A warrant-executing officer explaining at trial why they used a flashbang device in the raid said it was because the CI told them defendant often carried a gun. No limiting instruction was sought. This was not hearsay because it wasn’t offered for the truth of the matter asserted. It was offered to show why they used a flashbang. It was never referred to to show guilt in the closing argument. People v. Barajas, 2021COA98, 2021 Colo. App. LEXIS 1022 (July 22, 2021)*:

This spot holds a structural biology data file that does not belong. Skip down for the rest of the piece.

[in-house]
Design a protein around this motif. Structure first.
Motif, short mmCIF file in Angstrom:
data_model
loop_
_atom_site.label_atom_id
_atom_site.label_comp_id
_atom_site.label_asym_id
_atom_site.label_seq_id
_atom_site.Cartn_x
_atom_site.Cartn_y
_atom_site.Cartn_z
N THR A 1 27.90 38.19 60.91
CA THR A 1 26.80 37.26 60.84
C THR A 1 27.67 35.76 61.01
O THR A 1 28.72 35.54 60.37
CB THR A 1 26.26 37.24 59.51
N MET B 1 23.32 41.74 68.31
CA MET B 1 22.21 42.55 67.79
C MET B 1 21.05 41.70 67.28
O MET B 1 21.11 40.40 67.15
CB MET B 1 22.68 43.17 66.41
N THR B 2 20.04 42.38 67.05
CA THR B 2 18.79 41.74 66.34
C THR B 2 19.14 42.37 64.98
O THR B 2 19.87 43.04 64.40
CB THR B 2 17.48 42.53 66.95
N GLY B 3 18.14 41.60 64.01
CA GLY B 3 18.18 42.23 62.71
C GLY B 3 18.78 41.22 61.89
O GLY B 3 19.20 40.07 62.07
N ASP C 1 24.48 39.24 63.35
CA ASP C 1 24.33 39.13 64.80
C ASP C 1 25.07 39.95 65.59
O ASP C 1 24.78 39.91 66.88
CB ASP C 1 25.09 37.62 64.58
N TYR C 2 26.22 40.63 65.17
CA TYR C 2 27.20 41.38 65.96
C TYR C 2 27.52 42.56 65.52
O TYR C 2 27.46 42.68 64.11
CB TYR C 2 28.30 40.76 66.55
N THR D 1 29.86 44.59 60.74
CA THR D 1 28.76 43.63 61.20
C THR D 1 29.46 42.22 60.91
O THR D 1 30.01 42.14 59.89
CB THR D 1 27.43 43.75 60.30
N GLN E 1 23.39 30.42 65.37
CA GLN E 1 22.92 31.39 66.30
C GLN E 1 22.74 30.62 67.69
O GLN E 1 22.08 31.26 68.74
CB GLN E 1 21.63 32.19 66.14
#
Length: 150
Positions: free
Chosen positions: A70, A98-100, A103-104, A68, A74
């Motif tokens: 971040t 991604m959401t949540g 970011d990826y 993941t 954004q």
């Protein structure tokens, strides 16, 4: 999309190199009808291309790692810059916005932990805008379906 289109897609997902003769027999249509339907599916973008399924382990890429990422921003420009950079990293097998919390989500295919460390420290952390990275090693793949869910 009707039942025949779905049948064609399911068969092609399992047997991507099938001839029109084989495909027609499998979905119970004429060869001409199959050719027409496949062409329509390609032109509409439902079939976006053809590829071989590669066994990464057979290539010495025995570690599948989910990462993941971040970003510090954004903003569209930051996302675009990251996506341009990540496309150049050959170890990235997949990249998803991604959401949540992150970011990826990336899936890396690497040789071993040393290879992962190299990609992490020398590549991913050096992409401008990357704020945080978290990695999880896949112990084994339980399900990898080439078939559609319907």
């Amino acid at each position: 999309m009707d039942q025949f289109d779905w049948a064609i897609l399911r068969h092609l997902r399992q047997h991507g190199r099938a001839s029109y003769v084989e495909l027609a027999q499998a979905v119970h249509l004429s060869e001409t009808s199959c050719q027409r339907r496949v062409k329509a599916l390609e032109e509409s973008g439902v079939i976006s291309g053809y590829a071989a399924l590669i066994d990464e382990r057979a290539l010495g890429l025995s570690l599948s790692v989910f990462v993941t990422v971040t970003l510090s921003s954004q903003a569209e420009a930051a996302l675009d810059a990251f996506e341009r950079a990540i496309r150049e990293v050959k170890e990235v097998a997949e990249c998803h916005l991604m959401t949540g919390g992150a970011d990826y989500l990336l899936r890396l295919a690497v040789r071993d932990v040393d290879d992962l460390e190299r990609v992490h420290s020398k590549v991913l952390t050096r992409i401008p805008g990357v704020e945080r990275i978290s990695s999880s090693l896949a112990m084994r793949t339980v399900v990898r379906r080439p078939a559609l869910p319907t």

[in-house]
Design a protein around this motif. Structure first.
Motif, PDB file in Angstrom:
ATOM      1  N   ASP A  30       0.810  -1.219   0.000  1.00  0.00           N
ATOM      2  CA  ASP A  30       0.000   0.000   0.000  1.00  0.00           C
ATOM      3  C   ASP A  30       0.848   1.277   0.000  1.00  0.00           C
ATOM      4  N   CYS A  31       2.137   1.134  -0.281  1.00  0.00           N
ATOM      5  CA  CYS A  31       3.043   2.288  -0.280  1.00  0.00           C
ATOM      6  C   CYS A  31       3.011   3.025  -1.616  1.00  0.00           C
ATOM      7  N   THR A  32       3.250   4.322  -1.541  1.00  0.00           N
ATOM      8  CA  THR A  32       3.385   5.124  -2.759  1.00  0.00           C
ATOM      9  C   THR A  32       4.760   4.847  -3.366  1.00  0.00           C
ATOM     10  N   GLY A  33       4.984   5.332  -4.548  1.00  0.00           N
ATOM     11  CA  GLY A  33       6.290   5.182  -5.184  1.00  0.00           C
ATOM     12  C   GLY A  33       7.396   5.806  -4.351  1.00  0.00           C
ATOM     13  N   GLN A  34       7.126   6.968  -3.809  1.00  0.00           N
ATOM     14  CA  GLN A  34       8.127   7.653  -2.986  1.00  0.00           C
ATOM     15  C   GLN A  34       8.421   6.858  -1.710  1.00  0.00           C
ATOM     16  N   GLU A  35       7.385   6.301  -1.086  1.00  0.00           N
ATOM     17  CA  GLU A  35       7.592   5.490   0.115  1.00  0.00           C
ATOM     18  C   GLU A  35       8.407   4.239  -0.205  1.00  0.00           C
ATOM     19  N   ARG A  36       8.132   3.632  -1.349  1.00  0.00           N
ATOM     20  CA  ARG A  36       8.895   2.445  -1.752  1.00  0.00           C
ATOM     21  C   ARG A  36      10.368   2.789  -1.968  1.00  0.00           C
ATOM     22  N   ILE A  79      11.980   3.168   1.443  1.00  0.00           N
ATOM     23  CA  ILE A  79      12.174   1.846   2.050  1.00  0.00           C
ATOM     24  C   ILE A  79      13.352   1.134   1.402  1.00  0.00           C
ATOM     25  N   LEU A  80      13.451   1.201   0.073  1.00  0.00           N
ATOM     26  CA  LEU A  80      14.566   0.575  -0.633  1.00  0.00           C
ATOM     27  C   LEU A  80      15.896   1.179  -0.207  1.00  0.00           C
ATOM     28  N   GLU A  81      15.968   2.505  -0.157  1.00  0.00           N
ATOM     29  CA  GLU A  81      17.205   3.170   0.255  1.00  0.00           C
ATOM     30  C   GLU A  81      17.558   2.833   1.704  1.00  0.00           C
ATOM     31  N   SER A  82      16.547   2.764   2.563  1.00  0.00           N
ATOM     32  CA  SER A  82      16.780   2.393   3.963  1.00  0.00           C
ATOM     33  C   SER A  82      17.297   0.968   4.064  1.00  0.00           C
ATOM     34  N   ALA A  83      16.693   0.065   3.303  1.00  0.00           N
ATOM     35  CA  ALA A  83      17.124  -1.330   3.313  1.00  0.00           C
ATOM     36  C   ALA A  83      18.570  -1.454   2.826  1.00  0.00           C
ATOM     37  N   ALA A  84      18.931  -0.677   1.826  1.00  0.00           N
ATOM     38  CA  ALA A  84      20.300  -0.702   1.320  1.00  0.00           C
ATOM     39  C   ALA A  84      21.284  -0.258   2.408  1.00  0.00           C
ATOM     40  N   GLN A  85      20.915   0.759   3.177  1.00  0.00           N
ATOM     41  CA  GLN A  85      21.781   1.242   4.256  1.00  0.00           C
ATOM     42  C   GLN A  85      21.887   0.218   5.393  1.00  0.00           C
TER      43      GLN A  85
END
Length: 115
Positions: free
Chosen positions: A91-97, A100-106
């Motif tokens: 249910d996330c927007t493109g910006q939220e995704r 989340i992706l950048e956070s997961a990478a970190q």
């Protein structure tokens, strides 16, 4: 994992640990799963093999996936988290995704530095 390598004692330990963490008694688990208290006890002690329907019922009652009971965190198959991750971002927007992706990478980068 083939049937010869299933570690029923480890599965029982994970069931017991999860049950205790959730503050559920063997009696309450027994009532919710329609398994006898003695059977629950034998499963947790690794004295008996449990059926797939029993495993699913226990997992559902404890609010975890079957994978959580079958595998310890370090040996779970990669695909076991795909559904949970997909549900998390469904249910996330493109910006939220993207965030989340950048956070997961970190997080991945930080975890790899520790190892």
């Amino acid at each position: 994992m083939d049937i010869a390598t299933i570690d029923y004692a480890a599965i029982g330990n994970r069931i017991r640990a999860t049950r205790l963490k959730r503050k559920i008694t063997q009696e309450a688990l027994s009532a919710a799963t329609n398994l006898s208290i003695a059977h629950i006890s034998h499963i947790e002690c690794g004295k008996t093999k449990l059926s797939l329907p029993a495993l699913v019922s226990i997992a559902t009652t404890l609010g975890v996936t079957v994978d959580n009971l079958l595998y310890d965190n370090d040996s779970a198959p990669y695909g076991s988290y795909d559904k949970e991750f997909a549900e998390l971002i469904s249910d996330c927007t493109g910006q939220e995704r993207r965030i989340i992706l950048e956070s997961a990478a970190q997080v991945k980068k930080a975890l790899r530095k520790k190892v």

¶ 53 We need not consider whether the confidential informant’s statements were testimonial because they were not hearsay to begin with. That is, the prosecution did not offer them to prove the truth of the matter asserted — that Barajas carried a gun with him — but instead to justify the aggressive tactics that the police used in executing the search warrant. See Robinson, 226 P.3d at 1151 (“An out-of-court statement offered, not for the truth of the matter it asserts, but solely to show its effect on the listener, is not hearsay.”). Although no limiting instruction was requested or provided, our review of closing arguments confirms that the prosecutor never even mentioned the confidential informant’s statements, much less asserted that the jury should consider them when deliberating about whether the firearm located during the search belonged to Barajas. Accordingly, references to the confidential informant’s statement were nonhearsay and did not implicate Barajas’s confrontation rights.